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RE: A suggestion from the public

From: Justin James <j_james@mindspring.com>
Date: Tue, 27 Oct 2009 20:40:01 -0400
To: "'Boris Zbarsky'" <bzbarsky@MIT.EDU>
Cc: <public-html@w3.org>
Message-ID: <02ae01ca5767$2f2c97a0$8d85c6e0$@com>
Please keep in mind, this is a combination of feedback from folks in
general. Nothing specific. The overall idea is that people want a simplified
version of HTML, that does not require CSS, with a low barrier to entry.
They want it to be considered conforming and valid by the current HTML spec.
iframe would only be a winner of a solution if DOCTYPE worked the way most
HTML authors think it works, and even then, only one person has actually
mentioned being able to embed "older style HTML" in new HTML. Overall,
casual HTML authors just *despise* CSS. While I disagree with that
particular feeling (I think CSS' advantages far outweigh the learning
curve), and while I think that anyone hand authoring HTML should learn to do
it right, I can definitely understand why there are a lot of people who are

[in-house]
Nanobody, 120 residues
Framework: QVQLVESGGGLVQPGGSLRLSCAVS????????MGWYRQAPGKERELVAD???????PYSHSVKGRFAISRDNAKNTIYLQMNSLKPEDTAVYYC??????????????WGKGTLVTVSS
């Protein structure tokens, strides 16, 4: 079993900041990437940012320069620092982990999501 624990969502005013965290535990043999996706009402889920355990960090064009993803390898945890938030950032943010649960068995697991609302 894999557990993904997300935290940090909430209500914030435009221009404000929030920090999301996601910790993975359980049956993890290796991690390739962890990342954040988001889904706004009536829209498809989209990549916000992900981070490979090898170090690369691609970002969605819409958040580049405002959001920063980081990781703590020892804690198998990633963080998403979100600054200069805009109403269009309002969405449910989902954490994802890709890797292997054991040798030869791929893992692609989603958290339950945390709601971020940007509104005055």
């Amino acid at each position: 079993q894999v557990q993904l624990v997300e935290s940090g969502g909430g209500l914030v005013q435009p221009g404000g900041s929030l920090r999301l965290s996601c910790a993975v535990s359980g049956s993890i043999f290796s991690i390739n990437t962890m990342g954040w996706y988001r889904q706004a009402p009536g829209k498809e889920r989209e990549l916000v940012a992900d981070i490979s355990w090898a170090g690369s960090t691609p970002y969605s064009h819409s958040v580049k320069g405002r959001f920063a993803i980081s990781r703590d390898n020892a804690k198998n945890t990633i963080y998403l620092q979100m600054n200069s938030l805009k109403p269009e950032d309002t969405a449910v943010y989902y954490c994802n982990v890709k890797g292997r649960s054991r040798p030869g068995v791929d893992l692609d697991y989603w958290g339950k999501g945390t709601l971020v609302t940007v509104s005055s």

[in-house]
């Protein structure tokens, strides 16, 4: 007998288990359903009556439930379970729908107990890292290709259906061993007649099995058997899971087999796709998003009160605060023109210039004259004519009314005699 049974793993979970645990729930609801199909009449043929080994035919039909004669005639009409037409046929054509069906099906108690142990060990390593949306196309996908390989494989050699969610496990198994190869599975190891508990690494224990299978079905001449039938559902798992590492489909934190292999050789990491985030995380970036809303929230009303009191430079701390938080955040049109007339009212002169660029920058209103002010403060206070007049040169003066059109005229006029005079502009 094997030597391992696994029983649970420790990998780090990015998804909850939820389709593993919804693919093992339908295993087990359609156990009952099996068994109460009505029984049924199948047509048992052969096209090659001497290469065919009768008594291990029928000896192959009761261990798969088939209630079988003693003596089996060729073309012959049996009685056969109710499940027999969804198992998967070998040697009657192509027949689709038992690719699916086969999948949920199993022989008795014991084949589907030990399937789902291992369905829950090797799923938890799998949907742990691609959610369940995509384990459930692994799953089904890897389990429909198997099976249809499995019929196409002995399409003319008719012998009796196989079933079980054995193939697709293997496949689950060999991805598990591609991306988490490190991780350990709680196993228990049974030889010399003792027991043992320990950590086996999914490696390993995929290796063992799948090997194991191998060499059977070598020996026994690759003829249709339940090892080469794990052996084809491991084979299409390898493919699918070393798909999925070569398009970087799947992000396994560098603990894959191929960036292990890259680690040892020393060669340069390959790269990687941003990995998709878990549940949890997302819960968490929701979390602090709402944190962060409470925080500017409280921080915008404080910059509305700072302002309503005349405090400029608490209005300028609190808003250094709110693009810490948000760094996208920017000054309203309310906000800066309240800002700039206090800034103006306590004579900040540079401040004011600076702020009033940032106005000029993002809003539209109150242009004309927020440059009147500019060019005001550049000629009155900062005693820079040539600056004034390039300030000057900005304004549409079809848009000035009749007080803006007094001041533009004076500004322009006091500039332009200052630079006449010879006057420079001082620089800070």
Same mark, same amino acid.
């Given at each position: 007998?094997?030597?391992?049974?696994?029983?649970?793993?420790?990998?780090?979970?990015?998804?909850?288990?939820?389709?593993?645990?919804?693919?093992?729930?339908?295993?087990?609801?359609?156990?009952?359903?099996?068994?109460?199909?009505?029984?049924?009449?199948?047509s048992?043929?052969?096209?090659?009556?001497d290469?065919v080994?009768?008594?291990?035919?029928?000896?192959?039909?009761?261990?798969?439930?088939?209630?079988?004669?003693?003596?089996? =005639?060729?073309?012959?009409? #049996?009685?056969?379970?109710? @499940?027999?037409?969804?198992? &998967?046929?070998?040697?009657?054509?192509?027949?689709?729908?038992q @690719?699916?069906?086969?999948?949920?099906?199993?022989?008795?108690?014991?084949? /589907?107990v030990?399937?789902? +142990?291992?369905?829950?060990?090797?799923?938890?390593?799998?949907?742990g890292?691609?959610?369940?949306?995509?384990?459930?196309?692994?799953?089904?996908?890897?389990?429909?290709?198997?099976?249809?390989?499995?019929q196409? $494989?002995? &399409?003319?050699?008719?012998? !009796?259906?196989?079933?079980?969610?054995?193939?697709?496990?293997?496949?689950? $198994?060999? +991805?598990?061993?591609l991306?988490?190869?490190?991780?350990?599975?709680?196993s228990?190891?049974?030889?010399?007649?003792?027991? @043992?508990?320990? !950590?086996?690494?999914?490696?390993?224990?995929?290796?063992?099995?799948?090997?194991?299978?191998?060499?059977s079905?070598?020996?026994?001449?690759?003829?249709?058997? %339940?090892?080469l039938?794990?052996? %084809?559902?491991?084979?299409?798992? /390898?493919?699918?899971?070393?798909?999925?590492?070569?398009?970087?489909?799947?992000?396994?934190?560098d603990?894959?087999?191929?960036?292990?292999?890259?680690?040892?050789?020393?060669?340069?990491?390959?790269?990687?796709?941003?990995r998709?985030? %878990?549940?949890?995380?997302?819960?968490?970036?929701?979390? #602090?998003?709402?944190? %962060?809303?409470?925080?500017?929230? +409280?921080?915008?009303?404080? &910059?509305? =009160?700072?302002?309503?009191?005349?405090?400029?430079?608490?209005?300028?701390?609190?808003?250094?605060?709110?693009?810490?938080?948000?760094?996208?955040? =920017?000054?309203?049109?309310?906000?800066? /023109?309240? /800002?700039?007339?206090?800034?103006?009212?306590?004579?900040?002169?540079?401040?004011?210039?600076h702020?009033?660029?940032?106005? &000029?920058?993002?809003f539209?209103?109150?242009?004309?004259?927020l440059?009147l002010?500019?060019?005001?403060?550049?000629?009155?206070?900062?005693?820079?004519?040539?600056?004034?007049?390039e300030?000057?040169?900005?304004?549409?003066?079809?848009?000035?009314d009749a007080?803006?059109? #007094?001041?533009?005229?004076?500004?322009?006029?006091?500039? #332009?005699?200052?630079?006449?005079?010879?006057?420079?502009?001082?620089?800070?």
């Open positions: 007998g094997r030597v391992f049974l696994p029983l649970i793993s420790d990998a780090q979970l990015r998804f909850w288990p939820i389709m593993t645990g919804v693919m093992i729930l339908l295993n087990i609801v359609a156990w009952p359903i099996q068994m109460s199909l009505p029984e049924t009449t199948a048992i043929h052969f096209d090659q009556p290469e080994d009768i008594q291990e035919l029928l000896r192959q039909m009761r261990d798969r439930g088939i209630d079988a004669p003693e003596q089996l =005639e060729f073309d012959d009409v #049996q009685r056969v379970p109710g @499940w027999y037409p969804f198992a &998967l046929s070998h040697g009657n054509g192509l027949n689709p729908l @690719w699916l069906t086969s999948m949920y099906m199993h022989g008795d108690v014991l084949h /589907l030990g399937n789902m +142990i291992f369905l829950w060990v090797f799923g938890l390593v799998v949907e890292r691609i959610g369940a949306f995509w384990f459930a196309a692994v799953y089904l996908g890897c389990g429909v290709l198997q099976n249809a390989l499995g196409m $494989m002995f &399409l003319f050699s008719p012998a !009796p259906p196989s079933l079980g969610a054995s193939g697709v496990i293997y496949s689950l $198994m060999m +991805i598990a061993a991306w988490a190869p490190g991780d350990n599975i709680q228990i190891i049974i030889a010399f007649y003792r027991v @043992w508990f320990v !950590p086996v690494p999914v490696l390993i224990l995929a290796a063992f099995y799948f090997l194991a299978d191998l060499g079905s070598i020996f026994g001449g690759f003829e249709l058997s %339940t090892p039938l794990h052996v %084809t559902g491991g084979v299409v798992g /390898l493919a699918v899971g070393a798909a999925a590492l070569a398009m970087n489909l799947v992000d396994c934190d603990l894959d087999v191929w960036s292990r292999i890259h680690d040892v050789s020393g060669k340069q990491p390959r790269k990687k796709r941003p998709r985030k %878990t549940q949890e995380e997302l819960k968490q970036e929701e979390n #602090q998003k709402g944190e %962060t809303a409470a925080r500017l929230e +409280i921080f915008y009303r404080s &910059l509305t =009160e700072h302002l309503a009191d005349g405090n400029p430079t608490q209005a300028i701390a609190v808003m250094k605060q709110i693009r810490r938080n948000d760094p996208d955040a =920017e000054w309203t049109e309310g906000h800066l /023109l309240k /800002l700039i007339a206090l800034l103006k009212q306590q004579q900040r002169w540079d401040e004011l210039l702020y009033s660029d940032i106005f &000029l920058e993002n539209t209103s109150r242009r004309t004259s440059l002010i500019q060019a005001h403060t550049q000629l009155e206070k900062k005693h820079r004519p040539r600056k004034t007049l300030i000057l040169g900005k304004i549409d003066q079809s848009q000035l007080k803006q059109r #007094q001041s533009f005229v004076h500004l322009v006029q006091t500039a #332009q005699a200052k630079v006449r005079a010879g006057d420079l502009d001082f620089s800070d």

really upset at the increasing complexity of HTML, starting with version 4.

J.Ja

-----Original Message-----
From: Boris Zbarsky [mailto:bzbarsky@MIT.EDU] 
Sent: Tuesday, October 27, 2009 8:22 PM
To: Justin James
Cc: public-html@w3.org
Subject: Re: A suggestion from the public

On 10/27/09 4:51 PM, Justin James wrote:
> iframe might be a workable solution, if there was a reliable way to signal
> to a browser to use an older HTML spec, not just the quirks/standards mode
> dichotomy.

I'm not sure I follow.  Which elements would you like treated by 
browsers differently than the HTML5 spec says they should be treated, 
and what are the differences?

-Boris
Received on Wednesday, 28 October 2009 00:41:41 GMT

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